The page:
Naval, aeronautic, and mechanical engineers played a powerful part in the military buildup of Japan in the early and mid-twentieth century. They belonged to a militaristic regime and embraced the importance of their role in it. Takashi Nishiyama examines the impact of war and peace on technological transformation during the twentieth century. He is the first to study the paradoxical and transformative power of Japan’s defeat in World War II through the lens of engineering.
Nishiyama asks: How did authorities select and prepare young men to be engineers? How did Japan develop curricula adequate to the task (and from whom did the country borrow)? Under what conditions? What did the engineers think of the planes they built to support Kamikaze suicide missions? But his study ultimately concerns the remarkable transition these trained engineers made after total defeat in 1945. How could the engineers of war machines so quickly turn to peaceful construction projects such as designing the equipment necessary to manufacture consumer products? Most important, they developed new high-speed rail services, including the Shinkansen Bullet Train. What does this change tell us not only about Japan at war and then in peacetime but also about the malleability of engineering cultures?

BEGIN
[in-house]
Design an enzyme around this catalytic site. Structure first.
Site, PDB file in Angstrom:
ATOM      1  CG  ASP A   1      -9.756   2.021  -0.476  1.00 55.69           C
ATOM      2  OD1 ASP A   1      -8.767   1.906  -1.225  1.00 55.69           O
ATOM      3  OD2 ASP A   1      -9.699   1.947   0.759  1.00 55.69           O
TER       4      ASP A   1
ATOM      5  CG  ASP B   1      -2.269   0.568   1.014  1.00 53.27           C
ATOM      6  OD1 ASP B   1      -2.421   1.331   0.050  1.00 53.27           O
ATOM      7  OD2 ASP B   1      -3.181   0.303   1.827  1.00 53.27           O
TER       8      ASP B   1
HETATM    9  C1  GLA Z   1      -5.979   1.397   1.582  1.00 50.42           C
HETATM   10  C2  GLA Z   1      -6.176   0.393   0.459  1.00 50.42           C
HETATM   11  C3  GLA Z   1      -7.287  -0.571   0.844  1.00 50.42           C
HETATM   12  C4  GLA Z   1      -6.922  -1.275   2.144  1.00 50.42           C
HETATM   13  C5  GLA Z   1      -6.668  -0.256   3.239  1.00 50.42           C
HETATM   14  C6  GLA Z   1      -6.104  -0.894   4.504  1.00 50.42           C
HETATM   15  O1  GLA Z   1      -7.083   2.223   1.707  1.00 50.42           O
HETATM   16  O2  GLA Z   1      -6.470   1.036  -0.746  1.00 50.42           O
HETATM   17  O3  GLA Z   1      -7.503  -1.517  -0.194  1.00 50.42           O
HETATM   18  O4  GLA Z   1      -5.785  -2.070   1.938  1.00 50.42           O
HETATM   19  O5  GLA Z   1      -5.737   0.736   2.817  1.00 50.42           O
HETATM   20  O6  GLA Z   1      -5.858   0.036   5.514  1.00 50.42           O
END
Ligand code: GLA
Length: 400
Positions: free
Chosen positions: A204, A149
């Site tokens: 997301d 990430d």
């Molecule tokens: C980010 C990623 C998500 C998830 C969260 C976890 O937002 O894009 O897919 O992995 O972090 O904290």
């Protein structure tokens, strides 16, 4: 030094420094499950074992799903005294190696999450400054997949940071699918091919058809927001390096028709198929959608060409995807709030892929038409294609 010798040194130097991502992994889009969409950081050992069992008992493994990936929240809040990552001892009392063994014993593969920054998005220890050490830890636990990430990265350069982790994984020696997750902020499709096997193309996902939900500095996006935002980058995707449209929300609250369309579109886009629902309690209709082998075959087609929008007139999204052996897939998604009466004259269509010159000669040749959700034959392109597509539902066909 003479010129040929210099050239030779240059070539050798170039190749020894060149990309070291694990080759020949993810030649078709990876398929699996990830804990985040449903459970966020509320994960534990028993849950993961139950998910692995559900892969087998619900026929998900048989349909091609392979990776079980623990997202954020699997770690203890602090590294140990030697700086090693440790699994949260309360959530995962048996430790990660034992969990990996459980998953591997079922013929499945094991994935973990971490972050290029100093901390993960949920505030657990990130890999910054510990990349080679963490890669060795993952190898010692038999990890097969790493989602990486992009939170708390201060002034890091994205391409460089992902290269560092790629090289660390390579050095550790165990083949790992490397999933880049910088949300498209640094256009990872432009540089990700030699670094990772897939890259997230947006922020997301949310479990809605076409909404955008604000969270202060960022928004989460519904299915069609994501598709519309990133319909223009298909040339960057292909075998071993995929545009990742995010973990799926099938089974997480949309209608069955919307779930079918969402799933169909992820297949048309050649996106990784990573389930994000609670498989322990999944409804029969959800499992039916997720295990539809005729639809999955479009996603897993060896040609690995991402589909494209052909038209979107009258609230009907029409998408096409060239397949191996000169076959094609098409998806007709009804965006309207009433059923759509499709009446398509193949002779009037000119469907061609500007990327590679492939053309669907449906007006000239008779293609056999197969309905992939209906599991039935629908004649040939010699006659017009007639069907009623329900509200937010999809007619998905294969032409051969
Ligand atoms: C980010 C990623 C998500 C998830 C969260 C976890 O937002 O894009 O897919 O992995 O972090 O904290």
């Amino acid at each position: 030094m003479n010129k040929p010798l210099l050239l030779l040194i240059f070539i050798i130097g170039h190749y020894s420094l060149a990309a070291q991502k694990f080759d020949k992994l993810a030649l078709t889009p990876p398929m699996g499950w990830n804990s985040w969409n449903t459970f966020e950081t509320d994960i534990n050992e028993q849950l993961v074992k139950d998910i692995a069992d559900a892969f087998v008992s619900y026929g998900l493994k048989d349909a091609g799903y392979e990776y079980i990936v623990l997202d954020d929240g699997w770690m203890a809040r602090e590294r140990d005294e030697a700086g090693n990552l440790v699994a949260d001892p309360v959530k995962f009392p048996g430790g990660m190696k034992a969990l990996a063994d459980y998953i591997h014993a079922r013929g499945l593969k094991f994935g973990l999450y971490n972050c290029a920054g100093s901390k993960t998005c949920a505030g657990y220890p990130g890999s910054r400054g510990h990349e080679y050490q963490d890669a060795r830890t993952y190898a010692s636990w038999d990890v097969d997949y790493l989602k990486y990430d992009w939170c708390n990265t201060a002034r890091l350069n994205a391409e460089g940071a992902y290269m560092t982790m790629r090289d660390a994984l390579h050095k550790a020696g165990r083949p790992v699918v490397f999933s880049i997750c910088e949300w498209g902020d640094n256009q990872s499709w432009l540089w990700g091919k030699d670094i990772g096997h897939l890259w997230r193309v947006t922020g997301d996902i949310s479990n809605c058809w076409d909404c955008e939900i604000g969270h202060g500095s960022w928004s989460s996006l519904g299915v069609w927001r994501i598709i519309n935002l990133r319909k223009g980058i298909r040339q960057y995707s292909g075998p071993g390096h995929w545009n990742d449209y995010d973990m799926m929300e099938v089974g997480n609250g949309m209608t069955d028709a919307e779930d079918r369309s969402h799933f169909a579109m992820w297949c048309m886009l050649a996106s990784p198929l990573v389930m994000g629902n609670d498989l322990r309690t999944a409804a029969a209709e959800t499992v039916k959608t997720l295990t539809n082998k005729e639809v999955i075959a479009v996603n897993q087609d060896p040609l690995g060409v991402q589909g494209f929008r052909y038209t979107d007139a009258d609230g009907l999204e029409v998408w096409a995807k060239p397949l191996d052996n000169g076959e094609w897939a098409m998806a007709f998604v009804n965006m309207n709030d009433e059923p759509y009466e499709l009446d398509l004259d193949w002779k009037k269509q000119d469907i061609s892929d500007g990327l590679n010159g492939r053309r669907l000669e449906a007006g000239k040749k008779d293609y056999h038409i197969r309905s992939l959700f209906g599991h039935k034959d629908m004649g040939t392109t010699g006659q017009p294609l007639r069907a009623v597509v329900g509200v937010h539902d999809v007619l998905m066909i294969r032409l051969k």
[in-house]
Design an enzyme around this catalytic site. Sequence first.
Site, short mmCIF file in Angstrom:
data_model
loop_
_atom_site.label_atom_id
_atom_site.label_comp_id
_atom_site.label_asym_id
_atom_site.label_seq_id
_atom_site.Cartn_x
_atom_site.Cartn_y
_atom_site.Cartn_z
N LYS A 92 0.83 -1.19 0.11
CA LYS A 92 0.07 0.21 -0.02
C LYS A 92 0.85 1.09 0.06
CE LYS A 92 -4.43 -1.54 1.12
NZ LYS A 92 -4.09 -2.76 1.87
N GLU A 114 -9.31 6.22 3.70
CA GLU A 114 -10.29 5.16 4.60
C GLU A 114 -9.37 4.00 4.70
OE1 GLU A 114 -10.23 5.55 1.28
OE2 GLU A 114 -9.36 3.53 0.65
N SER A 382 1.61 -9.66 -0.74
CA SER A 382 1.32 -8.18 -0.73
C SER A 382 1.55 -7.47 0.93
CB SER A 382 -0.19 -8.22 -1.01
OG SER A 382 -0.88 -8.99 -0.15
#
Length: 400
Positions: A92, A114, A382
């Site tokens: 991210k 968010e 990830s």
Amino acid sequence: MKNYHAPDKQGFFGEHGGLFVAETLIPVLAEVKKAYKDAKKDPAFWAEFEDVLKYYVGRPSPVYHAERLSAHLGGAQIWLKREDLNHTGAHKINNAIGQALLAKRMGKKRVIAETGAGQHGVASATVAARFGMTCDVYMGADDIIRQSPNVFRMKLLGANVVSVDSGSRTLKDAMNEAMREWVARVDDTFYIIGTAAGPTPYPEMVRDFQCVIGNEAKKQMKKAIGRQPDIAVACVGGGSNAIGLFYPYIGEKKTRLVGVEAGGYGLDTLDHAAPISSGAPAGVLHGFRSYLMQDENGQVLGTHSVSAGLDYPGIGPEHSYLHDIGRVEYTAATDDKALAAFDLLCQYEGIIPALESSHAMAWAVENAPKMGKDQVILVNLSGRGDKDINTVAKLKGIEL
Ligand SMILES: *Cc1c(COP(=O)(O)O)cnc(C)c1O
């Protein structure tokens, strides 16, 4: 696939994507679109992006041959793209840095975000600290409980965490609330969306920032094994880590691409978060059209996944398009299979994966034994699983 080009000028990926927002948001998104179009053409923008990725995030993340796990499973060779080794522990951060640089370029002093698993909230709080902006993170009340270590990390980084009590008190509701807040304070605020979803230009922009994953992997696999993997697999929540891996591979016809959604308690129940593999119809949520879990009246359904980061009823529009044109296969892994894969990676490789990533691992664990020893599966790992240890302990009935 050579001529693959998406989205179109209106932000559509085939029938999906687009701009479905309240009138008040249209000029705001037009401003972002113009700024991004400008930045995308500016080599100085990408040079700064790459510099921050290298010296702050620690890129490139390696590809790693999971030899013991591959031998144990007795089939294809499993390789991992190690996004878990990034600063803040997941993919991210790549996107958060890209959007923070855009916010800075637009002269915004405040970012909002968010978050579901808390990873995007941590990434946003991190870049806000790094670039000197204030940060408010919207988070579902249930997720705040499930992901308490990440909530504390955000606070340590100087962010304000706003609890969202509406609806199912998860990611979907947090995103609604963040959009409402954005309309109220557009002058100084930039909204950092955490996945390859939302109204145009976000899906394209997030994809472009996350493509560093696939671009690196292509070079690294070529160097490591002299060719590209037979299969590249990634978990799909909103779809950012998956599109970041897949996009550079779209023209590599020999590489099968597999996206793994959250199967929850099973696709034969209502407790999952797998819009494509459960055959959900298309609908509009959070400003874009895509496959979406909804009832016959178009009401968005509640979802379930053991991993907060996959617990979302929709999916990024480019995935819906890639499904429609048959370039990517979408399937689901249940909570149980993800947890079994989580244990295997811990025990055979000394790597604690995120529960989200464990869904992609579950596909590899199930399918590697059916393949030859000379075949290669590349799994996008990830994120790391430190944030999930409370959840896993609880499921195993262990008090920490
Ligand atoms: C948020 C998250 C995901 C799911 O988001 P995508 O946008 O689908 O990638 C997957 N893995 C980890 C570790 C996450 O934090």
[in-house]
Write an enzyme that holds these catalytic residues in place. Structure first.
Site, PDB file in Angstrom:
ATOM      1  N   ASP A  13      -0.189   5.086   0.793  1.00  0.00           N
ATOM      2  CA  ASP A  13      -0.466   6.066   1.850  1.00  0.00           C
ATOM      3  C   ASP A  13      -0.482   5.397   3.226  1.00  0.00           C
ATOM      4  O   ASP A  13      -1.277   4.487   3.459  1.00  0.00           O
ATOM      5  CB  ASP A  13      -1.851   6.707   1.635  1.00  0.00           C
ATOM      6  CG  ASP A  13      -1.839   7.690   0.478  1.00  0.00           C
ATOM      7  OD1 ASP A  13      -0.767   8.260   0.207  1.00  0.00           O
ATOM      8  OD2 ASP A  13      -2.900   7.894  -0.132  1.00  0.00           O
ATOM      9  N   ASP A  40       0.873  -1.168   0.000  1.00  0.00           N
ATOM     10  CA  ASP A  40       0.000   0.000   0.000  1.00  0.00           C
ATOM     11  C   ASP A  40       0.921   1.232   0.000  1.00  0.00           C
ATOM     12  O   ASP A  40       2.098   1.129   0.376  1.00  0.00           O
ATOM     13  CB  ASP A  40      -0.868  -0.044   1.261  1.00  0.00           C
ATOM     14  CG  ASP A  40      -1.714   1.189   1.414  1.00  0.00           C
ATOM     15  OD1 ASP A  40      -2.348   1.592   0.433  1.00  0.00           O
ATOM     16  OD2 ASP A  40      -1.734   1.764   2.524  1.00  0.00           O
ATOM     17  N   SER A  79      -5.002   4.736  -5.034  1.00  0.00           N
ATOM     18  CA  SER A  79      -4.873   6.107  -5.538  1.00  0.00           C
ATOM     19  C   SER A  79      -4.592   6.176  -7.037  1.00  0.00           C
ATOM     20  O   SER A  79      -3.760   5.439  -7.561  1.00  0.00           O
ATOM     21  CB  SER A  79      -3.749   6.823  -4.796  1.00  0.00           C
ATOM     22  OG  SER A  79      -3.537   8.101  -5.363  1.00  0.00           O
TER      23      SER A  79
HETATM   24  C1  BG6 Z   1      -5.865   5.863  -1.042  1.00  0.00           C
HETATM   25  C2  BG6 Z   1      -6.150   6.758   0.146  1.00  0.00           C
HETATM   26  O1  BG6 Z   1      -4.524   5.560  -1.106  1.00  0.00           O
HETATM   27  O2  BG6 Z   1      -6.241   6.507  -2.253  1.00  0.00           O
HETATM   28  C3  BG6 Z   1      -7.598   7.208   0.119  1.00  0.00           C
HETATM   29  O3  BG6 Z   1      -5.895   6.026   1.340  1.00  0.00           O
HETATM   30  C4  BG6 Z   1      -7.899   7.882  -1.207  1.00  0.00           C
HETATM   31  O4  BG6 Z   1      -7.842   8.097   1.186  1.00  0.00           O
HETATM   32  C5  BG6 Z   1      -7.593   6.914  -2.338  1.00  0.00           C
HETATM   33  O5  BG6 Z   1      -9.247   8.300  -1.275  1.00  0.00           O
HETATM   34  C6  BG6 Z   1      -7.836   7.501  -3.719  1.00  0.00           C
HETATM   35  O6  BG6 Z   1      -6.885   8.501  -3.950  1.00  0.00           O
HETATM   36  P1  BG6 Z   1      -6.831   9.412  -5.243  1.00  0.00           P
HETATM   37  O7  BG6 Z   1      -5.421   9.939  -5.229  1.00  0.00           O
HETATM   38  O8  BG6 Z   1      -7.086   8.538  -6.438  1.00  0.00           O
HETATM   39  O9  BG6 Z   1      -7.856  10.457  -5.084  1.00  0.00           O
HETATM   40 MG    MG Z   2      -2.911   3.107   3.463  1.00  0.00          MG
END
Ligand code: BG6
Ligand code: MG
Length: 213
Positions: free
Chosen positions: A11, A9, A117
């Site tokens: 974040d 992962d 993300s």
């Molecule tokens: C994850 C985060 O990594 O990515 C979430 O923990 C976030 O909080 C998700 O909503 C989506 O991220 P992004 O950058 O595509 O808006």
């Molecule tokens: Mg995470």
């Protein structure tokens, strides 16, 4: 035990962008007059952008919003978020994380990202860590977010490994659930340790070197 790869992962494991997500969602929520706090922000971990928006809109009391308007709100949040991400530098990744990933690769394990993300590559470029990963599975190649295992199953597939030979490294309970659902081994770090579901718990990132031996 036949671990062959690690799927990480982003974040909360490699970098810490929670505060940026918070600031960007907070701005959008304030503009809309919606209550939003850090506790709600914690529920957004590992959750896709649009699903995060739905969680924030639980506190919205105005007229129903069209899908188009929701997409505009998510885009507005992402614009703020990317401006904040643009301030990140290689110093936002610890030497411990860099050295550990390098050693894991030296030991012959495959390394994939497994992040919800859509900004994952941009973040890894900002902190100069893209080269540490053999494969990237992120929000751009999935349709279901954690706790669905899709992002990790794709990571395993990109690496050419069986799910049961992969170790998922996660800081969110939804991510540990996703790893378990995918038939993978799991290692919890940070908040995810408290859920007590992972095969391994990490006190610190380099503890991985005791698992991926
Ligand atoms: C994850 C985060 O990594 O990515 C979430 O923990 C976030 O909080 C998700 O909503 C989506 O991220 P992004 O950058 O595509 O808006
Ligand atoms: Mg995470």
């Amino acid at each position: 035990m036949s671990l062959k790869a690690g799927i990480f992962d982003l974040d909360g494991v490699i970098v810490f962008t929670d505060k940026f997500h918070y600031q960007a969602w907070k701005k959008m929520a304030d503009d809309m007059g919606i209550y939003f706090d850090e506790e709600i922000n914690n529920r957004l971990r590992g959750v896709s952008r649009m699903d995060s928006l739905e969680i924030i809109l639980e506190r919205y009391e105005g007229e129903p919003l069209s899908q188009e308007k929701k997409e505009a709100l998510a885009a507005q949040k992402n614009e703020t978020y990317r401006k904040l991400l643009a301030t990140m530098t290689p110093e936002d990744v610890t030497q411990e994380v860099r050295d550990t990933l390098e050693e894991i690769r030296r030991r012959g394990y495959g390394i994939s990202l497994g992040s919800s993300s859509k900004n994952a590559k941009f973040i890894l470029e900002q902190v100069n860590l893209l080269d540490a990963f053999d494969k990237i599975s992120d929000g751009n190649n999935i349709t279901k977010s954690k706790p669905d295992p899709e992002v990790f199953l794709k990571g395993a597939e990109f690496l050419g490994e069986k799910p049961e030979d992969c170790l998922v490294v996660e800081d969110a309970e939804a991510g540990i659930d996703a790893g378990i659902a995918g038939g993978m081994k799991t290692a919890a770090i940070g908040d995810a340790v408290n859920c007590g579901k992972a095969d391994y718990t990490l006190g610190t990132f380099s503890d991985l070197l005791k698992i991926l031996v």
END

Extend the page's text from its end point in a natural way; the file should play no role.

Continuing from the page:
Nishiyama aims to counterbalance prevalent Eurocentric/Americentric views in the history of technology. Engineering War and Peace in Modern Japan, 1868–1964 sets the historical experience of one country’s technological transformation in a larger international framework by studying sources in six different languages: Chinese, English, French, German, Japanese, and Spanish. The result is a fascinating read for those interested in technology, East Asia, and international studies. Nishiyama's work offers lessons to policymakers interested in how a country can recover successfully after defeat.
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